The menu button opens the main menu (image above, right) which lets you go to the start page, add the current page to your bookmarks and share the page on Facebook or Twitter. A Tools sub-menu has options for toggling (single) column view, viewing data usage, page information (size, title and URL), and viewing online browser help and the about page. A Settings sub-menu includes image quality and preferred search engine choices (Market dependent: Google, Yahoo or Bing are listed for me in the US), whether or not to accept cookies or save passwords and options to clear cookies, auto-fill information, saved passwords or all personal data.
The bottom toolbar has buttons to open bookmarks, downloads (below, left) , installed web apps (below, right) and to exit the browser.
I found it browser fast and pleasant to use, most pages load quickly and rendering is usually very accurate. The browser was able to handle almost all of the sites I tried, including some like CNET that Opera Mini has trouble with.
Not to say the Nokia browser is perfect, there were a few sites that didn't work properly such as Dropbox.com where hitting the submit button on the login form just reloaded the form without logging me in. No browser, let alone a mobile proxy browser, works perfectly with every site. That's why I have multiple browsers installed on all my phones. The latest versions of Opera Mini and the UC Browser run very well on the Asha 303 and I can log into Dropbox with Opera Mini if I need to. On the other hand, Opera Mini has issues with CNET, a site that works well in the Nokia browser.
The Nokia proxy server seems more robust, or perhaps less overloaded, than either Opera Mini or UC Web's, which both have a tendency to intermittently fail to load pages with an error, a blank page or in the case of Opera Mini, by reloading the current page rather than the one requested. I did not experience these types of failures with the Nokia browser.
The browser scored a remarkable 241 and 2 bonus points on HTML5Test.com which is an excellent score for a proxy browser. It even tops the Symbian Belle browser's score of 164 and 7 bonus points.
|Browser||UC Browser 8.2 Java||Opera Mini Next (7.0)||Symbian Belle Browser 22.214.171.124||Nokia Browser 126.96.36.199.10|
|HTML5Test Score||Test Did Not Run||63 + 0 Bonus Points||164 + 7 Bonus Points||241 + 2 Bonus Points|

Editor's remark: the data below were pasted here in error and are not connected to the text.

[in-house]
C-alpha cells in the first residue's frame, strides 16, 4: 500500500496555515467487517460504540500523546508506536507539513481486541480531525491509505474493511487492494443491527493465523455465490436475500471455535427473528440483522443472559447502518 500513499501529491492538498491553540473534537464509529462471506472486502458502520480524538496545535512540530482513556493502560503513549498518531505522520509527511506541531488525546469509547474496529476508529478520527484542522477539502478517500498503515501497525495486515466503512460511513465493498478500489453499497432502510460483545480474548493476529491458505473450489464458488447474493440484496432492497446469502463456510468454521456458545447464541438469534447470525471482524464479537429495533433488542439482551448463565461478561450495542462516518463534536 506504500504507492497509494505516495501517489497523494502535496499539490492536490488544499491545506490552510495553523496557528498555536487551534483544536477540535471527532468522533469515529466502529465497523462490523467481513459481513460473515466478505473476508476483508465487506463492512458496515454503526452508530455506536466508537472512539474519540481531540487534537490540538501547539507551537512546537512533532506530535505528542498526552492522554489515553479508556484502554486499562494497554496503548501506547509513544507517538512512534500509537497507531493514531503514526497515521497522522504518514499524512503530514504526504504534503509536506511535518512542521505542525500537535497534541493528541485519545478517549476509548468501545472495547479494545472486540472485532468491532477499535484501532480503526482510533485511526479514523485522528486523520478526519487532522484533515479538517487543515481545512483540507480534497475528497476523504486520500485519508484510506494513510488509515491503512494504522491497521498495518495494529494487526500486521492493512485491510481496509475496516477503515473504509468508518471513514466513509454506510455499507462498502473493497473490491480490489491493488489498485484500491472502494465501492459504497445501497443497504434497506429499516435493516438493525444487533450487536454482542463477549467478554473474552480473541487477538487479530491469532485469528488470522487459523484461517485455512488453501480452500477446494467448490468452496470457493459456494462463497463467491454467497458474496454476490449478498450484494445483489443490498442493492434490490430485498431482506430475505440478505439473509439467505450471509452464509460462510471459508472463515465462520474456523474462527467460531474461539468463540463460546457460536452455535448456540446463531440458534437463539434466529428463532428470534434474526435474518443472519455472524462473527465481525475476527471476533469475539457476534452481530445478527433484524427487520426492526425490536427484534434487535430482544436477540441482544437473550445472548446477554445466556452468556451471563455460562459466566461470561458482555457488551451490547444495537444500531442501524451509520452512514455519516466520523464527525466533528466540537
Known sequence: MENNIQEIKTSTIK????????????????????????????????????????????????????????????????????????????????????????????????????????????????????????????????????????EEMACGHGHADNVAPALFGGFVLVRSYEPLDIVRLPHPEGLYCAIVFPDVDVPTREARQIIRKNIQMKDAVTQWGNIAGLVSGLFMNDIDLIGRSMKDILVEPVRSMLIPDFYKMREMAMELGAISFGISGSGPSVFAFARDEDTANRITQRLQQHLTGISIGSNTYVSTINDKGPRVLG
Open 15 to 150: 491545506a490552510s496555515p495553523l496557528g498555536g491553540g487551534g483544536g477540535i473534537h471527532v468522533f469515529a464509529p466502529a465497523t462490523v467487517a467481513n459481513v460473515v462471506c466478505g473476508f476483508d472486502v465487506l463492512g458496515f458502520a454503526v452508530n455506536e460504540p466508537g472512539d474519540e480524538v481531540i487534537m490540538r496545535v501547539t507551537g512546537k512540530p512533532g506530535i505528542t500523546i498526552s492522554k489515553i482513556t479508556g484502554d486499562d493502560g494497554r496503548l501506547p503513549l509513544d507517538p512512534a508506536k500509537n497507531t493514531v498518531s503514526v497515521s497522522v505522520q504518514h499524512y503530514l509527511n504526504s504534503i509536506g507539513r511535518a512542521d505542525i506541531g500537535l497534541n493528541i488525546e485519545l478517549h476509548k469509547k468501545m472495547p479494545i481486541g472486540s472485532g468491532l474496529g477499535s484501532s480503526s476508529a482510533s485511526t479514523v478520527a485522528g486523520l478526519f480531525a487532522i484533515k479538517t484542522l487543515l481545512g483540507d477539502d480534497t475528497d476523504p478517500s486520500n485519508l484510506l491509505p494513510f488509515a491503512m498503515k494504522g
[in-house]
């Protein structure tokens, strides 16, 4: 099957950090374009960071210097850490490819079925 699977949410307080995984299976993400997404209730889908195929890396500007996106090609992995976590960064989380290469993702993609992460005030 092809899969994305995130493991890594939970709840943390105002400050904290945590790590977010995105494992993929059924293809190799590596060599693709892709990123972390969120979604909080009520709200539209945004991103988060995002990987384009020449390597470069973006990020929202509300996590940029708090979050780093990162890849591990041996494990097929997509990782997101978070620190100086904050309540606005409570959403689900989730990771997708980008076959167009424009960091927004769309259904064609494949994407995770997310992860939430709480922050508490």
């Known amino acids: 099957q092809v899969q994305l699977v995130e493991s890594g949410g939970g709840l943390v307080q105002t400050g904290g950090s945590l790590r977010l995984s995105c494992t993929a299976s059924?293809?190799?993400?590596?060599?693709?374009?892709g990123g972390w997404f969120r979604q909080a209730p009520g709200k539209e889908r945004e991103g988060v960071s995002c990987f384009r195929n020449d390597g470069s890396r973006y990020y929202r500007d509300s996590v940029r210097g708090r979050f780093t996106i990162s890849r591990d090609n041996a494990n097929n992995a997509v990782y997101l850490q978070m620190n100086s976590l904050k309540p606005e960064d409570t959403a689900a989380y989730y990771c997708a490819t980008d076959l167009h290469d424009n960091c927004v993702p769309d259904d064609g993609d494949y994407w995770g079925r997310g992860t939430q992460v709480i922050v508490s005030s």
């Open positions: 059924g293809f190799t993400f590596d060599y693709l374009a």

S40 isn't usually though of as a multitasking operating system, but task switching is supported with some apps. On the Asha 303, dedicated keys let you switch to the Messaging app or use the Music player controls without closing the browser. That's handy for sending or replying to a text in the middle of a browsing session. When you close the messaging app you are returned to the browser with the page just as you left it.
Compared with the latest versions of Opera Mini and the UC browser, the Nokia browsers's feature set is a little more limited; in particular there's no support for multiple windows or for copying text from web pages. Text can be copied to and from the URL address bar and other text fields in the browser, but copying text from the web page itself is not supported. The table below compares the feature set of the major Java proxy browsers.
|Feature||Opera Mini Next 7.0||UC Browser 8.2||Nokia Browser 2.0.2|
|Copy text from web page||Yes||Yes||No|
|Copy link URL||No||Yes||No|
|Single Column Mode||Yes||Yes||Yes|
|Desktop Layout Mode||Yes||Yes||Yes|
|Save Page for offline viewing||Yes||Yes||No|
|Share Page With||Facebook, Twitter, My Opera, Email||Facebook, SMS||Facebook, Twitter|
|Bookmark Sync/Backup||Cloud Sync||Cloud Backup||Windows PC Sync, Cloud Sync (Requires operator support)|
I ran some speed tests pitting the Nokia browser against Opera Mini and the UC Browser on the Asha 303. Although it wasn't the fastest overall, performance was more than adequate and much faster than any non-proxy browser. Nokia is committed to providing regular OTA upgrades of the browser to improve performance and add new features
|Site||Page size (uncompressed)||Opera Mini Next||UC Browser 8.2||Nokia Browser|
|m.facebook.com (logged in user)||34 KB||5||4||9|
|forum.xda-developers.com (desktop site)||470 KB||26||15||25|
|wikipedia.org (desktop site)||176 KB||4||3||6|
|pinterest (desktop site)||6849 KB||11||12||10|
|quora (responsive site, logged in user)||1508 KB||6||6||7|
The Nokia browser currently supports over 80 languages and countries. In addition to being pre-installed on recent s40 phones, it's also available in the Nokia Store for most other S40 devices.
Nokia Connects has published a comparison between two Symbian browsers; Opera Mini 6.5 and MiniBrowser Mobile 4.0 PLUS that Izzy from Nokia For Us and I collaborated on. The post includes videos of both browsers in action including a speed test comparing Opera Mini with the Nokia browser and an in-depth walk through of MiniBrowser Mobile 4.0 PLUS.